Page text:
This is where our Modern Love Season 2 rankings start to cross over to the dark side. Episode 2, “The Night Girl Finds a Day Boy,” follows a woman (Zoe Chao) with delayed sleep phase syndrome who finally meets the love of her life, played by Gbenga Akinnagbe. The only problem? He works as a teacher and therefore keeps typical hours, whereas she lives her life at night, when the rest of the city is asleep. The concept is interesting, but Chao and Akinnagbe’s mismatched chemistry fails to convince us why these two are perfect for each other in the first place.
Andrew Rannells (Girls, The Boys in the Band) wrote and directed this episode about two men (Marquis Rodriguez and Zane Pais) who run into each other on the street, bringing back memories of their first and only date. As we see the date unfold, it becomes clear that they don’t remember the night the same way, and the action shifts between their different perspectives, Rashomon-style, over the course of the 25-minute episode. “How Do You Remember Me?” clearly thinks it’s saying something about memory and shared experiences, but apart from reuniting viewers with Gossip Girl’s Darota (Zuzanna Szadkowski), it doesn’t achieve much.
There are wasted opportunities, and then there’s “In the Waiting Room of Estranged Spouses.” The episode sounds like a slam dunk: Anna Paquin and Garrett Hedlund play a housewife and a former marine who develop an unlikely connection when they learn that their spouses are having an affair with each other. In a misguided attempt to showcase Spence’s (Hedlund) emotional instability, however,“Waiting Room” relies on imagined battle scenes that are tonally out of place (in one, Spence imagines he’s throwing “grenades” at Paquin’s ex-husband in a grocery store, sending “shrapnel” flying down the canned goods aisle). Modern Love presents these scenes without even a hint of irony, ensuring that viewers will still be rolling their eyes when moments of actual connection emerge.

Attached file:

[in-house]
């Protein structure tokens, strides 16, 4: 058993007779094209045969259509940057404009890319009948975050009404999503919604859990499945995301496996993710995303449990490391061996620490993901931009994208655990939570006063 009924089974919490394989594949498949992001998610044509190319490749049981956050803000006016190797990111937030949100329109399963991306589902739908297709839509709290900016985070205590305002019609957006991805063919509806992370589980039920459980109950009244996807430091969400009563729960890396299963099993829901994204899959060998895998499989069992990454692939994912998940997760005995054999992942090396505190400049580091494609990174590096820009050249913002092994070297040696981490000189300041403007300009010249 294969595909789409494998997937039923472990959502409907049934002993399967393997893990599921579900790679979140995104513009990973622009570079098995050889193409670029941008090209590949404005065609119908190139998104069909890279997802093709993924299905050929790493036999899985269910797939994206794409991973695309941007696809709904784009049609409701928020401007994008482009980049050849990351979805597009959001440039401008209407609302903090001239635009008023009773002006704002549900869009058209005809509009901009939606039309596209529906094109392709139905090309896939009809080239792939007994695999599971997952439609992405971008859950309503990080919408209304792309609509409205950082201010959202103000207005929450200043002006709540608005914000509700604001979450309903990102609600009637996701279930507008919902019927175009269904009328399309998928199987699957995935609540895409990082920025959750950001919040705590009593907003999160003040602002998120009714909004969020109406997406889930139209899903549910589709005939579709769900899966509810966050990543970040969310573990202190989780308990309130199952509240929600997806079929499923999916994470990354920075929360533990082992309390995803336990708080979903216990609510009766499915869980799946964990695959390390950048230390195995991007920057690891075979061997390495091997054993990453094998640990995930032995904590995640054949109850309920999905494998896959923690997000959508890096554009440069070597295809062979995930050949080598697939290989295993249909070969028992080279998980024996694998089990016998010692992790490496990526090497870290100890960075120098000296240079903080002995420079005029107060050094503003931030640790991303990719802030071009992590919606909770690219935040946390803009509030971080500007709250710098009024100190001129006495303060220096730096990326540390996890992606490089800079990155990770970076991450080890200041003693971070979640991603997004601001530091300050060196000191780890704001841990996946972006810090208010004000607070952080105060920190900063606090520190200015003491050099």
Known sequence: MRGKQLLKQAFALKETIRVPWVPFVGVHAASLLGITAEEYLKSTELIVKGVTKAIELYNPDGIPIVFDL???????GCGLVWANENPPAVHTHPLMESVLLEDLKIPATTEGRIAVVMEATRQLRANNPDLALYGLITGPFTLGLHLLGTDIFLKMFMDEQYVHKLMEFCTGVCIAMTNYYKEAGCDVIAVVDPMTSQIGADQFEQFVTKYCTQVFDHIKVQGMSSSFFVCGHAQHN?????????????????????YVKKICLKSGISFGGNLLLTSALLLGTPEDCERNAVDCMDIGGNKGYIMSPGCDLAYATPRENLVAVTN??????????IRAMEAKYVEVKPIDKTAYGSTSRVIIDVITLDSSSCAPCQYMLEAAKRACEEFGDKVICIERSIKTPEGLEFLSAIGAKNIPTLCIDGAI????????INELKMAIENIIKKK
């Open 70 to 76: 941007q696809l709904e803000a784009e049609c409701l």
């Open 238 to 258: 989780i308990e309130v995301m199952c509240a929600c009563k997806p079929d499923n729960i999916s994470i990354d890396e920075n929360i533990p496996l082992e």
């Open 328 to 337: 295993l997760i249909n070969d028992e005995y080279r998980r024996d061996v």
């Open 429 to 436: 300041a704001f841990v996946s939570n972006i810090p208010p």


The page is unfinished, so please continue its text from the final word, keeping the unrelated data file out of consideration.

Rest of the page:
Modern Love boss John Carney just couldn’t pass up the chance to shoehorn COVID-19 into Season 2. The season’s third episode puts a romantic spin on Hitchcock’s Strangers on a Train with a story that sees two strangers (Kit Harington and Lucy Boynton) meet on a train from Galway to Dublin on March 13, 2020. The two hit it off, but rather than exchange numbers, they decide to meet back at the train station in two weeks… and then a pandemic shuts down Ireland (and the rest of the world). Harington and Boynton clearly have chemistry, but they’re only together on screen for about 13 minutes; their characters then spend the episode's remaining 22 minutes (22 full minutes!) wondering aloud whether they should violate Dublin’s lockdown restrictions in order to make their assigned meet-up. After 18 months of pandemic-ness, it’s extremely uncompelling to watch people weigh their personal desires against their obligations to society at large, and then proceed to make a choice that does nothing to further the common good. Read the room, guys.
All eight episodes of Modern Love Season 2 premiere Friday August 13 on Amazon Prime Video.
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Claire Spellberg Lustig is the TV Editor at Primetimer and a scholar of The View. Follow her on Twitter at @c_spellberg.